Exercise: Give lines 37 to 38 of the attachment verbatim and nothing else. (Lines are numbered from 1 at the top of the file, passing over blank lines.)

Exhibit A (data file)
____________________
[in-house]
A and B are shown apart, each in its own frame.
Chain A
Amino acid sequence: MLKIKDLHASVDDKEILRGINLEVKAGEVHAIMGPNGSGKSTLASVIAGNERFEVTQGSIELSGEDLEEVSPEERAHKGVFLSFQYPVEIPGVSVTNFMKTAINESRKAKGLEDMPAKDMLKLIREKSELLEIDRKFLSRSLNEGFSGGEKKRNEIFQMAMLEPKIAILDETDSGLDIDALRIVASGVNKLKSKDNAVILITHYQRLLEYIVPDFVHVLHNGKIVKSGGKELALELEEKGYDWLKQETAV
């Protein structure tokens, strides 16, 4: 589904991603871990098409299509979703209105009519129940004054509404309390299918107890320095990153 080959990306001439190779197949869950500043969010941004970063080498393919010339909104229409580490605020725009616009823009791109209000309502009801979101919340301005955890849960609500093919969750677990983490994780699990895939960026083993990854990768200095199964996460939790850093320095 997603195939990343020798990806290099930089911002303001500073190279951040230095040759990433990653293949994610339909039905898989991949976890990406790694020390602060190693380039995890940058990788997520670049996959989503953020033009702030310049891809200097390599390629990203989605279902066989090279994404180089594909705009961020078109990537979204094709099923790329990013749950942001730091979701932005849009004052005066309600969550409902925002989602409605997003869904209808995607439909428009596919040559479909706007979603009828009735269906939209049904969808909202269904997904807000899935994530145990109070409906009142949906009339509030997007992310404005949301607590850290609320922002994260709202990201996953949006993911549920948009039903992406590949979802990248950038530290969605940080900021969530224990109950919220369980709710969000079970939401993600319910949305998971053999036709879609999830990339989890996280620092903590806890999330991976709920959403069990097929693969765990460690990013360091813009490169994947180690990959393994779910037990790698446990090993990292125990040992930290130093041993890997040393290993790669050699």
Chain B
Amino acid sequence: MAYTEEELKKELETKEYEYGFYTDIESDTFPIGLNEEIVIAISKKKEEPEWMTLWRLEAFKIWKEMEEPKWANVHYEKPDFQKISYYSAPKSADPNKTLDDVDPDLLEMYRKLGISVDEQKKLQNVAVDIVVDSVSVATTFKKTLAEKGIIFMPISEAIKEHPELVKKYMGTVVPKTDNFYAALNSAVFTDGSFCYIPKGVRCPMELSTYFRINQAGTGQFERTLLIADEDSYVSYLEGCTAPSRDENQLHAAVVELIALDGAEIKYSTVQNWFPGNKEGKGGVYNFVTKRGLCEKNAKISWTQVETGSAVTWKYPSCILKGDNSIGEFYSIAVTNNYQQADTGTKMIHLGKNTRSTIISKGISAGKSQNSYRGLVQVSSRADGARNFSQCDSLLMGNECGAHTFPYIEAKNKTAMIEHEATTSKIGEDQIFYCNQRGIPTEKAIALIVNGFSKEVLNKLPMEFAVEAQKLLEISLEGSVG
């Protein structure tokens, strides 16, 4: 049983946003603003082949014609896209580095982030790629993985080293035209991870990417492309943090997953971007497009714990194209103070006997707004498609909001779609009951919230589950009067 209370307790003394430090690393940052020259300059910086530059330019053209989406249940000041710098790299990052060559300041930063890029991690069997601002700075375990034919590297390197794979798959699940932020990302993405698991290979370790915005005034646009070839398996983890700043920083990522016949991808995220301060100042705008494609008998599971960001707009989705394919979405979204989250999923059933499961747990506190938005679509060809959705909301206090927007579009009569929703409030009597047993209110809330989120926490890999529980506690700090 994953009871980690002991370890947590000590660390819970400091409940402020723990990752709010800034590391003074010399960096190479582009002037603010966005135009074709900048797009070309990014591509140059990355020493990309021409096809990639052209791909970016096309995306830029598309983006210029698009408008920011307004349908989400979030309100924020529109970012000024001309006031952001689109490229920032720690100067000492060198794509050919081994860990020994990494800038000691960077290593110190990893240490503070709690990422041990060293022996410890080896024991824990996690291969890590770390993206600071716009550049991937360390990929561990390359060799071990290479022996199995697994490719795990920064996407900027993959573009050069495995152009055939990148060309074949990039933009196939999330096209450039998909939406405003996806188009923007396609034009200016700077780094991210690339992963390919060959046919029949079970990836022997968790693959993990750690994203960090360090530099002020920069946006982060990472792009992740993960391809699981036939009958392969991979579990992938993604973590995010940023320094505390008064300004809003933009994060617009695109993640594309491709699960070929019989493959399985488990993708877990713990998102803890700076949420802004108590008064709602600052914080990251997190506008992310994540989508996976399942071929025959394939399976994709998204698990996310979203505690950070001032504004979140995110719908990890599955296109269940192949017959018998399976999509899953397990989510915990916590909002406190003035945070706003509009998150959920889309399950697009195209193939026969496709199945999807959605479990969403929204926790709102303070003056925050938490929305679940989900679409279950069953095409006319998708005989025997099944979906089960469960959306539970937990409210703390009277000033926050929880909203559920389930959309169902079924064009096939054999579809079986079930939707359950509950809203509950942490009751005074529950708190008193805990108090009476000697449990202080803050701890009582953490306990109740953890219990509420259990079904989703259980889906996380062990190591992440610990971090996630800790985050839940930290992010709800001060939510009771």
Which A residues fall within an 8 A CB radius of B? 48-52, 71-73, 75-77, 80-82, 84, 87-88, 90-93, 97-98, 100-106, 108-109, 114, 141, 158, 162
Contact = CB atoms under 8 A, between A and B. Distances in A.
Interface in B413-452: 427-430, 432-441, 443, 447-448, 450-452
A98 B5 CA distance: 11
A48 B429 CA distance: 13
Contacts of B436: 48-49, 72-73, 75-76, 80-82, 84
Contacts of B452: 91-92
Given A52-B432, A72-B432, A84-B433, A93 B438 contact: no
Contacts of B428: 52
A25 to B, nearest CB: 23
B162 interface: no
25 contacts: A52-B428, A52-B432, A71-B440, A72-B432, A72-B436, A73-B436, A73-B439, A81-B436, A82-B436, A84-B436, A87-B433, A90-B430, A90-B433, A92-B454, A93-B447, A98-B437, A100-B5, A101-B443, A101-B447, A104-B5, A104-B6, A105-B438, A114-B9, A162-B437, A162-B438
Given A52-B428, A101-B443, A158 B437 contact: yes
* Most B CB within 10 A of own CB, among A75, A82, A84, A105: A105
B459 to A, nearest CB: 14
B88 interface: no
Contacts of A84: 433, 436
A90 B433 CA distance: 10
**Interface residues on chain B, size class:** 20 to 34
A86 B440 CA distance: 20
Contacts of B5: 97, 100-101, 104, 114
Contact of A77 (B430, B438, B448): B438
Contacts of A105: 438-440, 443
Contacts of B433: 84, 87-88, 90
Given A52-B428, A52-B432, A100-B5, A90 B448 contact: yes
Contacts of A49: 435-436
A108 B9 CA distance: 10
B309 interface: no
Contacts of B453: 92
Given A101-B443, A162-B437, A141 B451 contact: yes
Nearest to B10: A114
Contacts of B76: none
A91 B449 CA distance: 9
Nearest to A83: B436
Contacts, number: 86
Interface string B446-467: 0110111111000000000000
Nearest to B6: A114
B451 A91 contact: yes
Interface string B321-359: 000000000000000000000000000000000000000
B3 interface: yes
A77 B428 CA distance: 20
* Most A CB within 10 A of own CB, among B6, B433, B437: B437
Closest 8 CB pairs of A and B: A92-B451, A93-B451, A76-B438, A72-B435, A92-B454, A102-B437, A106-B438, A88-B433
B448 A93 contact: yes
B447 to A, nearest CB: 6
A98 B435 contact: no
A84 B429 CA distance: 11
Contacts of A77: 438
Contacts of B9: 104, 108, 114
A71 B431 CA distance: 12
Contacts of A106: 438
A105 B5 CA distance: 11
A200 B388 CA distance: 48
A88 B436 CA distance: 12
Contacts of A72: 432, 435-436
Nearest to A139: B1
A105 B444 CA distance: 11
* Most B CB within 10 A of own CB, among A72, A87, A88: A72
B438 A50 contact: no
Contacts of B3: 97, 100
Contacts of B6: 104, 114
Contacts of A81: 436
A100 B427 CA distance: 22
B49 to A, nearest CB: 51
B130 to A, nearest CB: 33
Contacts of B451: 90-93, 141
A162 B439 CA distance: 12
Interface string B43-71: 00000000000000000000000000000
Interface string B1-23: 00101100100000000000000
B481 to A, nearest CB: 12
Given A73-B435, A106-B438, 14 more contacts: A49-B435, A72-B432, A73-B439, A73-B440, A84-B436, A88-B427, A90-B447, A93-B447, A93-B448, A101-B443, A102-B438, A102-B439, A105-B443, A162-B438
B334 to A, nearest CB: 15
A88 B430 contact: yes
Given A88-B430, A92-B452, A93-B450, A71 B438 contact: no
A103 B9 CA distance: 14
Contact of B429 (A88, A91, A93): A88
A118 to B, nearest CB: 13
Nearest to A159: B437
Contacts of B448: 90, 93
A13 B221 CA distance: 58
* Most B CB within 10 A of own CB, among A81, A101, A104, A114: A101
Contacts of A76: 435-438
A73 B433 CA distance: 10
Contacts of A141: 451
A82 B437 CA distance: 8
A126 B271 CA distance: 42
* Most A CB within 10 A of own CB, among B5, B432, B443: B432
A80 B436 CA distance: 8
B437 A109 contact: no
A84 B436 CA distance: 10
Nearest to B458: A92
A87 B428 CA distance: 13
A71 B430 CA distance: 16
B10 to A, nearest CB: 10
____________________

Contacts of B453: 92
Given A101-B443, A162-B437, A141 B451 contact: yes